Coffee with a long tradition
- In Algeria, coffee is called “shaadhiliyye“, named after Ali Ibn Umar al-Shaadiliyye, who lived until 1418.
- It is said that he was the first to bring coffee as a drink from Ethiopia as a remedy to al-Mokha in Yemen.
- Algerian travelers may have come into contact with coffee for the first time in Cairo.
- Already at that time, Cairo was an important center of the Islamic world and a hub of goods and ideas, as well as stops for many pilgrims on their Hajj to Mecca.
- Today Algeria imports 39 % of its coffee from Ivory Coast and 44 % from Indonesia and Vietnam.
☕ Traditional Preparation
Since the Algerians are very hospitable, they like to drink coffee or tea together.
The Tuareg drink their coffee very strong and sometimes without sugar.
Qahwa Maâtra/ Café Algérois
Traditional drink from the 17th century.
Ingredients for about 4 small cups of coffee
- 3 tbsp coffee
- 1 tsp ground cinnamon*
- about 270 ml of water
- 2-3 caps of orange blossom water*
- 1 tsp vanilla*
- Sugar (optional)
First mix the cinnamon with the ground coffee. Prepare coffee and then add the vanilla and orange blossom water. Then wait 2-3 minutes. Pour the coffee into small cups and, if necessary, sweeten with sugar. The coffee is served with a dessert with honey such as Besboussa, Qalb Bel Louz or Maqrout.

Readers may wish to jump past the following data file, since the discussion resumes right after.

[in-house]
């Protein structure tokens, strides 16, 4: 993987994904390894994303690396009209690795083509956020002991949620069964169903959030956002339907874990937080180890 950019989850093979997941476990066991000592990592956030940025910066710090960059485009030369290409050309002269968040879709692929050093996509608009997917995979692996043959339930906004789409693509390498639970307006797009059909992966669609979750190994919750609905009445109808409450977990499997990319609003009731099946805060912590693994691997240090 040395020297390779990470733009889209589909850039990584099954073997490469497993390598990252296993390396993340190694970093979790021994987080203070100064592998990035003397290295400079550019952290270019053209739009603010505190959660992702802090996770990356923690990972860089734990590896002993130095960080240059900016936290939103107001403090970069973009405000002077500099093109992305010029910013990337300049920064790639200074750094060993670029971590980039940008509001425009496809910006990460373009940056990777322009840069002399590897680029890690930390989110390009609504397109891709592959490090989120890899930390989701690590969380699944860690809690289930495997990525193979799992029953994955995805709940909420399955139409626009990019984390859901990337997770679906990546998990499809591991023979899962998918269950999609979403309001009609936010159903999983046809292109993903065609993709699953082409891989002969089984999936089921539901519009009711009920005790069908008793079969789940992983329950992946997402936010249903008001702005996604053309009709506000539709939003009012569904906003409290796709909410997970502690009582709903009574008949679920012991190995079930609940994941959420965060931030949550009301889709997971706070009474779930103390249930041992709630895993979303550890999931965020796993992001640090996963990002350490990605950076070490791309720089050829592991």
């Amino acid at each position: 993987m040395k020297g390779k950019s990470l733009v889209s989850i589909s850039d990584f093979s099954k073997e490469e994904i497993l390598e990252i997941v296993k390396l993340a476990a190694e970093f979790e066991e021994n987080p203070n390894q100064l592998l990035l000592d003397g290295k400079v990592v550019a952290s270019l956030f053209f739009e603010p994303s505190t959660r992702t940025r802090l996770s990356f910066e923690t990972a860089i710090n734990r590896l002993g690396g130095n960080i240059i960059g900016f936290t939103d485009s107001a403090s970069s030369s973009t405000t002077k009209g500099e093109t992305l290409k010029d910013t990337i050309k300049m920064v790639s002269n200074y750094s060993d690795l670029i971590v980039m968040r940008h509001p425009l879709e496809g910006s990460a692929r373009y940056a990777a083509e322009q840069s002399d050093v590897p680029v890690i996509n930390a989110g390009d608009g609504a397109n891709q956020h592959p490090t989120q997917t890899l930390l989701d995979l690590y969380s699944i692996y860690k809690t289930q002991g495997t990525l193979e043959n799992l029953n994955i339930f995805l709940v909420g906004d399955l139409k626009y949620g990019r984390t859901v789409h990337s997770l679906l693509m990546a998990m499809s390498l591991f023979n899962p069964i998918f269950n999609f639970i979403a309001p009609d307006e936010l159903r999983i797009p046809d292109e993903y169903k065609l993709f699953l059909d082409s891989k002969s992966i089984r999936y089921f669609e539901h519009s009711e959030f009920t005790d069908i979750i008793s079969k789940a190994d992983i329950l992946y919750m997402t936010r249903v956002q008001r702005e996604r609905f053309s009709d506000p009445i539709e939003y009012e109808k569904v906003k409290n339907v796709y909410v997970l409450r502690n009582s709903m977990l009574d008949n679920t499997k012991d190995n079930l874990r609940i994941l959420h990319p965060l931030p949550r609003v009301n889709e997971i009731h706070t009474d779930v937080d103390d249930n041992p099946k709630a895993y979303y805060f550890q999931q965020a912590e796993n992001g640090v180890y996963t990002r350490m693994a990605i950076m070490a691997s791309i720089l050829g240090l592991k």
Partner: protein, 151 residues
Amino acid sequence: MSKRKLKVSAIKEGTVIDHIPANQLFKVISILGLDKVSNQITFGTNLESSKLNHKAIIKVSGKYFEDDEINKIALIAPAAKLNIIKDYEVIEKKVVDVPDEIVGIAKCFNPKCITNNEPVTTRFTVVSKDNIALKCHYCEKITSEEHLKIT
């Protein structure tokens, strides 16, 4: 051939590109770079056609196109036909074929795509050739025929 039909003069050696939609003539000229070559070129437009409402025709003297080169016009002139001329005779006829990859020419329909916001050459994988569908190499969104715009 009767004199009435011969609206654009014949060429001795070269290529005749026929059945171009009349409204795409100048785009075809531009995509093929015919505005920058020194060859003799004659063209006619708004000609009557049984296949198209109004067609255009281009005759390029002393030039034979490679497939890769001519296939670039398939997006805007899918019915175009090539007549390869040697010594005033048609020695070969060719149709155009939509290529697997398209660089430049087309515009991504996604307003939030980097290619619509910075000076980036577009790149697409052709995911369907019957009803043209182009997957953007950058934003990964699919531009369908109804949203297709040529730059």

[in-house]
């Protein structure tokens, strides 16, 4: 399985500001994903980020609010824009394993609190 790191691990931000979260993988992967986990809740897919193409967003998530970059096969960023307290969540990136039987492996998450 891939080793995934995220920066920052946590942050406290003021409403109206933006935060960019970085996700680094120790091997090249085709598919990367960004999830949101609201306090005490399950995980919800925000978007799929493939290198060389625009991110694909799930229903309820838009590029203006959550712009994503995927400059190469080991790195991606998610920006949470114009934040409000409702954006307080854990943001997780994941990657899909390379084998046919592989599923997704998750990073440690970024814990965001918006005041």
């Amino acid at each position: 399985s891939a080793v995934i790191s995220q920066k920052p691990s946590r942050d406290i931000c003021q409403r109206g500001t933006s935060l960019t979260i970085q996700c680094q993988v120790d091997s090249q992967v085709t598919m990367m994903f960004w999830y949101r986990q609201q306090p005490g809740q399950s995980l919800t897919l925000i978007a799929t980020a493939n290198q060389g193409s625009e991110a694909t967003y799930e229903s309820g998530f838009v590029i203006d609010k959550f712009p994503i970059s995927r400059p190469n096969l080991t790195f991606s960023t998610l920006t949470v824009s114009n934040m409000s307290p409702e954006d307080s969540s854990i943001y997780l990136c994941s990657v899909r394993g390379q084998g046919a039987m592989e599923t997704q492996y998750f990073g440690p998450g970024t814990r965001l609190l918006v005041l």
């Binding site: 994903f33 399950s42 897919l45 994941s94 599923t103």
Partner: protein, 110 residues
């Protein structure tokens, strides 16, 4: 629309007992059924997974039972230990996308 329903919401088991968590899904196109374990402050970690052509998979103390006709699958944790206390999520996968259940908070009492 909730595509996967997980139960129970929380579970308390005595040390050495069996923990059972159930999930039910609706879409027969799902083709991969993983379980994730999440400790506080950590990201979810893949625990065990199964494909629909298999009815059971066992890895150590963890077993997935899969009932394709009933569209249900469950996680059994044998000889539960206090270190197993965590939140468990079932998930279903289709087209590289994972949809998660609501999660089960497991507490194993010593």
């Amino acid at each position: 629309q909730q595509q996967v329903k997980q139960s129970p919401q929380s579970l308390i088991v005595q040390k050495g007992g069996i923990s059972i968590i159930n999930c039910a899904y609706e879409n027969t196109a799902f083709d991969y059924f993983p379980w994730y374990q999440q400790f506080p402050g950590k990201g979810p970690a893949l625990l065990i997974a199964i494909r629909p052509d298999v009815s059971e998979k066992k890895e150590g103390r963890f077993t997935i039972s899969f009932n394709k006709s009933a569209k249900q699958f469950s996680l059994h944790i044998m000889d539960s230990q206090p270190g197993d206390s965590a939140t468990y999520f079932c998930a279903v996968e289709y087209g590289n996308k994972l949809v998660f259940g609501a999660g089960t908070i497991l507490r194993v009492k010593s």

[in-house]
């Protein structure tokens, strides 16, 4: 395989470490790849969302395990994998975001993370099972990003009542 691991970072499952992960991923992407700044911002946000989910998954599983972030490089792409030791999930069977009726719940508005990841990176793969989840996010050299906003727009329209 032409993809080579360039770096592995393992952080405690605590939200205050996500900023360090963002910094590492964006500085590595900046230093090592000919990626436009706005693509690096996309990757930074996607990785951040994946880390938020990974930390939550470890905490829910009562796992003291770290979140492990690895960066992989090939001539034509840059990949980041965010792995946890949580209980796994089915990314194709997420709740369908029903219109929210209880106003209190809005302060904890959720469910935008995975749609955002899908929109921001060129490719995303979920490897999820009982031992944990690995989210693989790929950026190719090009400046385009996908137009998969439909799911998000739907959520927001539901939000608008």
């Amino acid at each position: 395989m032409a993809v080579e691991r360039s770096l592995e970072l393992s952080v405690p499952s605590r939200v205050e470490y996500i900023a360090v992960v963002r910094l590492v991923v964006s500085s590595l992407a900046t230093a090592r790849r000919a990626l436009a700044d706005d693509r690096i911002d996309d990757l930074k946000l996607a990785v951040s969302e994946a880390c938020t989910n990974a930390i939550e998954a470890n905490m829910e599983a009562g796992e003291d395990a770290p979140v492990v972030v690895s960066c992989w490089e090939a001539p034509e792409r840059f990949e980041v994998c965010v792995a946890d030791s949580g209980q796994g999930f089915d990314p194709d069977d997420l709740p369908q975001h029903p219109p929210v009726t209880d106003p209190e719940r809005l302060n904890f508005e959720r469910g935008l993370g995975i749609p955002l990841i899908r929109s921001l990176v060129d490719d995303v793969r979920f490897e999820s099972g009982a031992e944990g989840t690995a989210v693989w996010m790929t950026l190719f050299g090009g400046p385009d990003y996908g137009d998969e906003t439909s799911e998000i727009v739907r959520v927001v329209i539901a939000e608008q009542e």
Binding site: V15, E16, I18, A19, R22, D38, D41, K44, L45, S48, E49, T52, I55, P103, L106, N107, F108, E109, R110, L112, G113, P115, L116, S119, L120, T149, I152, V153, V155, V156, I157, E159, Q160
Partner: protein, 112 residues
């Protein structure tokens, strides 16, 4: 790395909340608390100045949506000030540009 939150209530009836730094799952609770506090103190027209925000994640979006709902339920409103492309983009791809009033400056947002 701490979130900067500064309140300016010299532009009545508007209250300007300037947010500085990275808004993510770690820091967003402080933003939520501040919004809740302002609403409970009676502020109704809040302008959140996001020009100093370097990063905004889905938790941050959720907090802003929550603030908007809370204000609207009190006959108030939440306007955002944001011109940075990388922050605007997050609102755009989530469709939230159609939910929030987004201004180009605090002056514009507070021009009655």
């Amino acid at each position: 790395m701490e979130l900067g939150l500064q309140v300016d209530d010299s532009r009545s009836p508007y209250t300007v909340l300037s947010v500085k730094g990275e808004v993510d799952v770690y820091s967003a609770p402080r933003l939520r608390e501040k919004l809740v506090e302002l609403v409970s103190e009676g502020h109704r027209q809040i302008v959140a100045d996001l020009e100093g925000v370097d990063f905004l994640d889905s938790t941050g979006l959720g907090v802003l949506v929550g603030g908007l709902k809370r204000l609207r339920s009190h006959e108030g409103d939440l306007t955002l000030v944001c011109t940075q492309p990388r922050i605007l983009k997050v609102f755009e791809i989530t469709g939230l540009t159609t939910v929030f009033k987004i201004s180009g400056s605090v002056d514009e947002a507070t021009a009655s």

The coffee in Algeria is usually a very strong mocha. Traditionally, it is served with rich goat’s milk*.
is a cold, sweetened coffee from Algeria and is probably “the first iced coffee“.
The French invasion of Algeria began in the 1830s when they took control of the Ottoman Empire. In the last years of the 1830s, French troops faced a resistance movement led by Sufi Emir Abd al-Qadir.
Regarded by Emir Abd el-Kader as a violation of the Treaty of Tafna, which he had signed in May 1837 with General Bugeaud, this led to the resumption of the war. After Abd al-Qadir found a breach of the treaty, the war was continued. 123 French soldiers were captured by Abd al-Qadir’s soldiers in a fortress at the outpost of Mazagran. When they were freed after days of siege by reinforcements, the soldiers were celebrated in France as heroes. Mazagran was in vogue because of the exaggerated portrayal. The most durable monument for Mazagran was cold coffee.
The soldiers could not cut their coffee with brandy in the fortress as usual. Instead, they cut it with water. So, in French cafés, they ordered “un mazagran” and got coffee served in a tall glass, sometimes with ice, and accompanied by a beaker of cold water to cut.
Meanwhile, the Mazagran has disappeared in France. For this he has been revived as a coffee lemonade in Portugal. Sometimes rum and mint are added and sweetened with sugar syrup.
In Austria Mazagran coffee is prepared with rum, served with an ice cube and drunk in one sip.
In Catalonia, iced coffee is prepared with lemon.
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